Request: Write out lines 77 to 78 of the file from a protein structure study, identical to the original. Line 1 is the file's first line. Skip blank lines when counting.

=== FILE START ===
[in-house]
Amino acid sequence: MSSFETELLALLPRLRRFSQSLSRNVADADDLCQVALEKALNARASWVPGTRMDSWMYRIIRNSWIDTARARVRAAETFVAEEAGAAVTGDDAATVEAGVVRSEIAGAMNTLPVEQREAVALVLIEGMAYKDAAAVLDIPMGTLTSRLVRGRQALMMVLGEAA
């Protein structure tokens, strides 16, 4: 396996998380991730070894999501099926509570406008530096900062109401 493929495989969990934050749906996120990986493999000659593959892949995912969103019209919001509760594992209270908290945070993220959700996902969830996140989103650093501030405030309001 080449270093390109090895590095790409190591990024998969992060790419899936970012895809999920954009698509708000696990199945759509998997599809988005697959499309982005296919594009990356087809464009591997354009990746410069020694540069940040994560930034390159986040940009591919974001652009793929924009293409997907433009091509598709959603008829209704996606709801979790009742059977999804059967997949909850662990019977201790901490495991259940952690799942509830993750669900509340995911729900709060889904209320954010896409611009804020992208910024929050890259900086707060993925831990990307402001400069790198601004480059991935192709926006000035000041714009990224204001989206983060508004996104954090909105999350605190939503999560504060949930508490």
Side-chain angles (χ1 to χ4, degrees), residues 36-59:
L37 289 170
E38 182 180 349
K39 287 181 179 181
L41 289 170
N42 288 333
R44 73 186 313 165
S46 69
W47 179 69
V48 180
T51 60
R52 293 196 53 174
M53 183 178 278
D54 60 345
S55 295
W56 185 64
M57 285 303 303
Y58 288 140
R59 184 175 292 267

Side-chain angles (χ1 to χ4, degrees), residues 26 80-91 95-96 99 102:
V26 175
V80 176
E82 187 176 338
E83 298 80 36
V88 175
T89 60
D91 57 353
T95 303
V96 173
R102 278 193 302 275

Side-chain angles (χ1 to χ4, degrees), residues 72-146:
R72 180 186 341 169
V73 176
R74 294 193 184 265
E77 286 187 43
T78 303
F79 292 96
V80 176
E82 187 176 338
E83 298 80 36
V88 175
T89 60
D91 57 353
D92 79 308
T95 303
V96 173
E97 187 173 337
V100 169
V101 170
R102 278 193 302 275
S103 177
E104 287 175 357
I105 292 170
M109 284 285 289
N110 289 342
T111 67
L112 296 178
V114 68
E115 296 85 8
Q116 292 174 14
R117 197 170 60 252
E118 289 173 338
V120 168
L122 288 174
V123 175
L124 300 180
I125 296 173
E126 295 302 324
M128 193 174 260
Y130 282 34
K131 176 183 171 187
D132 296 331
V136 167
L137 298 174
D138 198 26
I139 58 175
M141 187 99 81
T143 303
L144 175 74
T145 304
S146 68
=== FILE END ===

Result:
L137 298 174
D138 198 26